They key here is to exploit another of the advantages of the relational schema: a mix of “standard” columns, with fixed data types, with the variable JSON. We may encode all the variability in the JSON, while reserving (at least) one column on the regular table to indicate the version of the accompanying document. For example, by creating the table foo2 as:

create table foo2 (version integer, content jsonb);

With this help from PostgreSQL, it is possible to store versioned “schemas” of the (otherwise variable) JSON documents, like in:

insert into foo2 values (
        1, '{"cd": "2017-11-22T15:20:34.326Z", "props": {"a": 12, "fn": [10, 20, 30]}}'
), (
        2, '{"cd": "2017-11-22T15:20:34.326Z", "props": {"a": "twelve", "fn": [10, 20, 30], "j": false}}'
);

Using Gson’s library ability to map a given document to a class, we just need to create a 2nd version of the class object that would support the second document shape:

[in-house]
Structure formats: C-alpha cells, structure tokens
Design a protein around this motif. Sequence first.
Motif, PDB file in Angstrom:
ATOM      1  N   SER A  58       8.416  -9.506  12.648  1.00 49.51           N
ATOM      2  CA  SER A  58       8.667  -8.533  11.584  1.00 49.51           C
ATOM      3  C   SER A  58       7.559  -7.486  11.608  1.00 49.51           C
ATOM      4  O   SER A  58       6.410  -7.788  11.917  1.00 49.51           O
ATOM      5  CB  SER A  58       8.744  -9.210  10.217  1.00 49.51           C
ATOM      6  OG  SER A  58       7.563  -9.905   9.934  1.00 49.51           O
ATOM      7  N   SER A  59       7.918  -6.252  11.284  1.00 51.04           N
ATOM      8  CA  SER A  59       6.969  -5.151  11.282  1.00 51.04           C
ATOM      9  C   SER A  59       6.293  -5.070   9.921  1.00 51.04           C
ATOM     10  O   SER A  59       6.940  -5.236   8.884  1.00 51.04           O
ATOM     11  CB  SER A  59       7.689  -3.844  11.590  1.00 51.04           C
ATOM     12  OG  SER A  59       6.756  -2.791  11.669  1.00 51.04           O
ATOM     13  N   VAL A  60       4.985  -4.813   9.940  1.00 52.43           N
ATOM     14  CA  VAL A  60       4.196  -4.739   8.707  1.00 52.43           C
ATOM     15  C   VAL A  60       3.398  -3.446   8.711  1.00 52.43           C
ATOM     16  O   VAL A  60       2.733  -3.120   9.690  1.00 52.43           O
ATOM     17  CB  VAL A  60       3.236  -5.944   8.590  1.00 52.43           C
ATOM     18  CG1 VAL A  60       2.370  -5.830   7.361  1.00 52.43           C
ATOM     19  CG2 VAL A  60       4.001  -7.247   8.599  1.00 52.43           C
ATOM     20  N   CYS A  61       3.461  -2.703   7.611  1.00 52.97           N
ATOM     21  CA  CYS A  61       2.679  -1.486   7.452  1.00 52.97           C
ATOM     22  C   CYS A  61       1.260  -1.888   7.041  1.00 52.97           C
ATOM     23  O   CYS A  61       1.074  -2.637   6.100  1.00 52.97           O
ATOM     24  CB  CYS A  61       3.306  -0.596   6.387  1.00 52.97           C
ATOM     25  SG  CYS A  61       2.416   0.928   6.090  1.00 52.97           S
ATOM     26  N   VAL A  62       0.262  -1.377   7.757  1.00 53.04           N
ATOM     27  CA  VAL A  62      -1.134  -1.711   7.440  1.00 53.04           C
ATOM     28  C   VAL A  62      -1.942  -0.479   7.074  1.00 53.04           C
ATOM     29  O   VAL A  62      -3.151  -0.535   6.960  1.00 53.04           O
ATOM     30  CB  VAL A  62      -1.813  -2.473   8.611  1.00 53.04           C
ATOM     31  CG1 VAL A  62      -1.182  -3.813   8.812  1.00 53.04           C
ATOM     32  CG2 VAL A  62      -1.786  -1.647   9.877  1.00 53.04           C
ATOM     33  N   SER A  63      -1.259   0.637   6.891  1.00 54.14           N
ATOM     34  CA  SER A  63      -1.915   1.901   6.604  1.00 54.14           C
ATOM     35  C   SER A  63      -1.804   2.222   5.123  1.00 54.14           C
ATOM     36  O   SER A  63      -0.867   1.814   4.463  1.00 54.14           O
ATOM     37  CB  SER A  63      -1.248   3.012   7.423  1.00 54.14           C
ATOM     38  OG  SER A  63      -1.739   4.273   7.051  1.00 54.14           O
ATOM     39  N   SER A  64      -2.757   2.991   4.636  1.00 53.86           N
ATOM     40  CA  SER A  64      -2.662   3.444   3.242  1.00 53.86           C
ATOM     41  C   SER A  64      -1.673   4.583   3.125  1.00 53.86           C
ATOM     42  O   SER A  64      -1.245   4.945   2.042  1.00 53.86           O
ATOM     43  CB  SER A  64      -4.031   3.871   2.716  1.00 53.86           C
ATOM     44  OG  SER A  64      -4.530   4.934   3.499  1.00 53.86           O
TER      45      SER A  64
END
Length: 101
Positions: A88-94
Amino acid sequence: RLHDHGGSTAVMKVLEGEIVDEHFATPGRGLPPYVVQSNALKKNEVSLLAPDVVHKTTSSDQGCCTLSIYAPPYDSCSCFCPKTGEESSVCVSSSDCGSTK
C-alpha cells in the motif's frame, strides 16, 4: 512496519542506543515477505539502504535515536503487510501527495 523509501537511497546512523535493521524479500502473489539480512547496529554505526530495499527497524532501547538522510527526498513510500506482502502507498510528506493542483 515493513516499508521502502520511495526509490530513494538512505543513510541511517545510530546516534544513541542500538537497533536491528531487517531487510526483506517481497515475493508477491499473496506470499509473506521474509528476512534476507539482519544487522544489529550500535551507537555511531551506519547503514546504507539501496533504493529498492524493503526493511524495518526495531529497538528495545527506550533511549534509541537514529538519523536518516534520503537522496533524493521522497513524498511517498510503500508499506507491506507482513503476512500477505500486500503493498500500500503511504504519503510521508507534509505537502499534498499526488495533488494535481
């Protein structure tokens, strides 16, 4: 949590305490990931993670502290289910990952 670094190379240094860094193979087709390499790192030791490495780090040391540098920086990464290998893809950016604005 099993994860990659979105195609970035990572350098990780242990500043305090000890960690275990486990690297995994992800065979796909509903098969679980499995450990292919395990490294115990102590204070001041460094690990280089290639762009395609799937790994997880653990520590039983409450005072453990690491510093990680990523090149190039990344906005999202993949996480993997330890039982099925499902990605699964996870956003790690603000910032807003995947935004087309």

public class JsonContentV2 {
    private String a;
    private int[] fn;
    private boolean j;

    @Override
    public String toString() {
        return "JsonContent{ a=" + a + ", fn=" + Arrays.toString(fn) + ", j=" + j + " }";
    }
}

and parse instantiating one or the other class with a simple switch statement (or a visitor, or Java 12’s new switch syntax):

Gson gson = new GsonBuilder().create();

while (rs.next()) {
    int version = rs.getInt(1);
    String json = rs.getString(2);

    Object jsonContent = null;
    switch (version) {
        case 1: jsonContent = gson.fromJson(json, JsonContent.class); break;
        case 2: jsonContent = gson.fromJson(json, JsonContentV2.class); break;
    }

    System.out.println(jsonContent);
}

The result: